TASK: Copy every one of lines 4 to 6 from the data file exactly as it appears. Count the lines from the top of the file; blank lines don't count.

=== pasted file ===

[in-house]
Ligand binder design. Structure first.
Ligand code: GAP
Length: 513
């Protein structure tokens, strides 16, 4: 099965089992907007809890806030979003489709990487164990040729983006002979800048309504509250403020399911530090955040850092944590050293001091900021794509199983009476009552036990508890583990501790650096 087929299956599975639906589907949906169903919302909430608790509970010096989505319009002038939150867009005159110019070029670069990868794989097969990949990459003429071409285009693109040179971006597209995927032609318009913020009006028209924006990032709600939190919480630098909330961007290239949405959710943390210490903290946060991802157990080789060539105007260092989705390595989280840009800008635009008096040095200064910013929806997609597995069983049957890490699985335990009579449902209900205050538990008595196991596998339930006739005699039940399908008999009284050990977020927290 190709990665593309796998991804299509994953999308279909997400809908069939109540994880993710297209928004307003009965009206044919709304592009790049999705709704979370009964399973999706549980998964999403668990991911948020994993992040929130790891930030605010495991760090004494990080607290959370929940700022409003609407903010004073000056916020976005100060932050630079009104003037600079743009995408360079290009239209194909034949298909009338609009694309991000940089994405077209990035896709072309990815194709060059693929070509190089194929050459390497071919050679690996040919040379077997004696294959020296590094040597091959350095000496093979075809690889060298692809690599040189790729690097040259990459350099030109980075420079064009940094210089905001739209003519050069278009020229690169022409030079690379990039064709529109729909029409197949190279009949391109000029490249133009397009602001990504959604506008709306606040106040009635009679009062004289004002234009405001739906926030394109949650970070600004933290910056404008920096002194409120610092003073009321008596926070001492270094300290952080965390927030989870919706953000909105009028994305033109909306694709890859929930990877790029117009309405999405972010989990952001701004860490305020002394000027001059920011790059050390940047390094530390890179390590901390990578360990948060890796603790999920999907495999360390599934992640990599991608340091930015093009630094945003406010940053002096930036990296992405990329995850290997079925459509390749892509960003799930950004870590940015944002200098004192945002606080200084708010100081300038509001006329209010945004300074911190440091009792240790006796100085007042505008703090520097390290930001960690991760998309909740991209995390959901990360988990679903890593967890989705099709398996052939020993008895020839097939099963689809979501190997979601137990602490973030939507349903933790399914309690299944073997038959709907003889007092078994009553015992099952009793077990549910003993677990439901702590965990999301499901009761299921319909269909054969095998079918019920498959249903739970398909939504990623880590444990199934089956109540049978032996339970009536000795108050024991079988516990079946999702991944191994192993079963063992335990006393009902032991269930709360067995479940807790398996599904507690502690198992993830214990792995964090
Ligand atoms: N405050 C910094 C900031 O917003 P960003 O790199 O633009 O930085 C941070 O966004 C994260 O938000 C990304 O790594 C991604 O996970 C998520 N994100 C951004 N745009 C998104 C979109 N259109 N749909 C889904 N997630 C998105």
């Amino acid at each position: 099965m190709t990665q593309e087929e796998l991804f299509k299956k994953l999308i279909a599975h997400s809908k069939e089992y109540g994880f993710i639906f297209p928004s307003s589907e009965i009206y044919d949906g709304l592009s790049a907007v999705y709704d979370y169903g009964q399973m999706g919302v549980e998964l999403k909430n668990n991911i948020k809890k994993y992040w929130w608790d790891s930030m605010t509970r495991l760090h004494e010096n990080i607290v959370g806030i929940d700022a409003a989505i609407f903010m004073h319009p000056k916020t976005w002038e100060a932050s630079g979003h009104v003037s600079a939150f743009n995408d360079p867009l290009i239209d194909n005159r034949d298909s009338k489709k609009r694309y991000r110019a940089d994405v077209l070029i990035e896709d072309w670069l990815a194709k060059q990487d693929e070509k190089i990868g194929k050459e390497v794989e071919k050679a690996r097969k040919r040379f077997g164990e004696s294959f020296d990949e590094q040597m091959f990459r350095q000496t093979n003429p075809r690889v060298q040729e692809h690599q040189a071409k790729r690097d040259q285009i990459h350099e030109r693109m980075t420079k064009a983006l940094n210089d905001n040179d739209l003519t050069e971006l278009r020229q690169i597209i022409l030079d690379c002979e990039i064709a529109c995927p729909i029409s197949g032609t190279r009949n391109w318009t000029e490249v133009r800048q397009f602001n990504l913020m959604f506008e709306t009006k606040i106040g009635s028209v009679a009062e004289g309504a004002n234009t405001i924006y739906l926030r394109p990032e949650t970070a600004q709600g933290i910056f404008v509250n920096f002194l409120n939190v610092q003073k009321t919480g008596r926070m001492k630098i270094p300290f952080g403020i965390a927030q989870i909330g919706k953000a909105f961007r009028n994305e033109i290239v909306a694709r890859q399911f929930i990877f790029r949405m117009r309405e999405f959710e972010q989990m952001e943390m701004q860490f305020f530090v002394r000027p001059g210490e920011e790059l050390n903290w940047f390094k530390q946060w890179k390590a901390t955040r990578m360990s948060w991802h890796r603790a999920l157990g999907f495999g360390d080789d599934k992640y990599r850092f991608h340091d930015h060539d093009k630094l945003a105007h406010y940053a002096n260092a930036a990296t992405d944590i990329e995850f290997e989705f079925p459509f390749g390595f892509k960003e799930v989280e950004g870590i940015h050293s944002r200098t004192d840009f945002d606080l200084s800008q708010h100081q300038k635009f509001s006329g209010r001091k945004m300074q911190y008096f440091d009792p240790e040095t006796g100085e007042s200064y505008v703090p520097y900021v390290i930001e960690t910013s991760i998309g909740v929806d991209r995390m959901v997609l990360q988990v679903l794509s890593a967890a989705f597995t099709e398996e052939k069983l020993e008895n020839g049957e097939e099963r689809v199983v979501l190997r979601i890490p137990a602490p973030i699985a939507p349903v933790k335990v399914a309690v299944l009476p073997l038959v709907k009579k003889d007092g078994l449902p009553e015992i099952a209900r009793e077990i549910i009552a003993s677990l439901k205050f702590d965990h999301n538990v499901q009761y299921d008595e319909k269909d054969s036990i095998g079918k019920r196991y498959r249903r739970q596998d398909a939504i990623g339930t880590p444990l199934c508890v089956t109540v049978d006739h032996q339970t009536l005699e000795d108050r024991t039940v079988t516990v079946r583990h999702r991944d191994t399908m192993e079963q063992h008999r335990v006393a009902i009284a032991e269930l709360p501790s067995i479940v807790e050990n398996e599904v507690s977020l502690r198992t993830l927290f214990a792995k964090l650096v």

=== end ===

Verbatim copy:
Length: 513
């Protein structure tokens, strides 16, 4: 099965089992907007809890806030979003489709990487164990040729983006002979800048309504509250403020399911530090955040850092944590050293001091900021794509199983009476009552036990508890583990501790650096 087929299956599975639906589907949906169903919302909430608790509970010096989505319009002038939150867009005159110019070029670069990868794989097969990949990459003429071409285009693109040179971006597209995927032609318009913020009006028209924006990032709600939190919480630098909330961007290239949405959710943390210490903290946060991802157990080789060539105007260092989705390595989280840009800008635009008096040095200064910013929806997609597995069983049957890490699985335990009579449902209900205050538990008595196991596998339930006739005699039940399908008999009284050990977020927290 190709990665593309796998991804299509994953999308279909997400809908069939109540994880993710297209928004307003009965009206044919709304592009790049999705709704979370009964399973999706549980998964999403668990991911948020994993992040929130790891930030605010495991760090004494990080607290959370929940700022409003609407903010004073000056916020976005100060932050630079009104003037600079743009995408360079290009239209194909034949298909009338609009694309991000940089994405077209990035896709072309990815194709060059693929070509190089194929050459390497071919050679690996040919040379077997004696294959020296590094040597091959350095000496093979075809690889060298692809690599040189790729690097040259990459350099030109980075420079064009940094210089905001739209003519050069278009020229690169022409030079690379990039064709529109729909029409197949190279009949391109000029490249133009397009602001990504959604506008709306606040106040009635009679009062004289004002234009405001739906926030394109949650970070600004933290910056404008920096002194409120610092003073009321008596926070001492270094300290952080965390927030989870919706953000909105009028994305033109909306694709890859929930990877790029117009309405999405972010989990952001701004860490305020002394000027001059920011790059050390940047390094530390890179390590901390990578360990948060890796603790999920999907495999360390599934992640990599991608340091930015093009630094945003406010940053002096930036990296992405990329995850290997079925459509390749892509960003799930950004870590940015944002200098004192945002606080200084708010100081300038509001006329209010945004300074911190440091009792240790006796100085007042505008703090520097390290930001960690991760998309909740991209995390959901990360988990679903890593967890989705099709398996052939020993008895020839097939099963689809979501190997979601137990602490973030939507349903933790399914309690299944073997038959709907003889007092078994009553015992099952009793077990549910003993677990439901702590965990999301499901009761299921319909269909054969095998079918019920498959249903739970398909939504990623880590444990199934089956109540049978032996339970009536000795108050024991079988516990079946999702991944191994192993079963063992335990006393009902032991269930709360067995479940807790398996599904507690502690198992993830214990792995964090
Ligand atoms: N405050 C910094 C900031 O917003 P960003 O790199 O633009 O930085 C941070 O966004 C994260 O938000 C990304 O790594 C991604 O996970 C998520 N994100 C951004 N745009 C998104 C979109 N259109 N749909 C889904 N997630 C998105």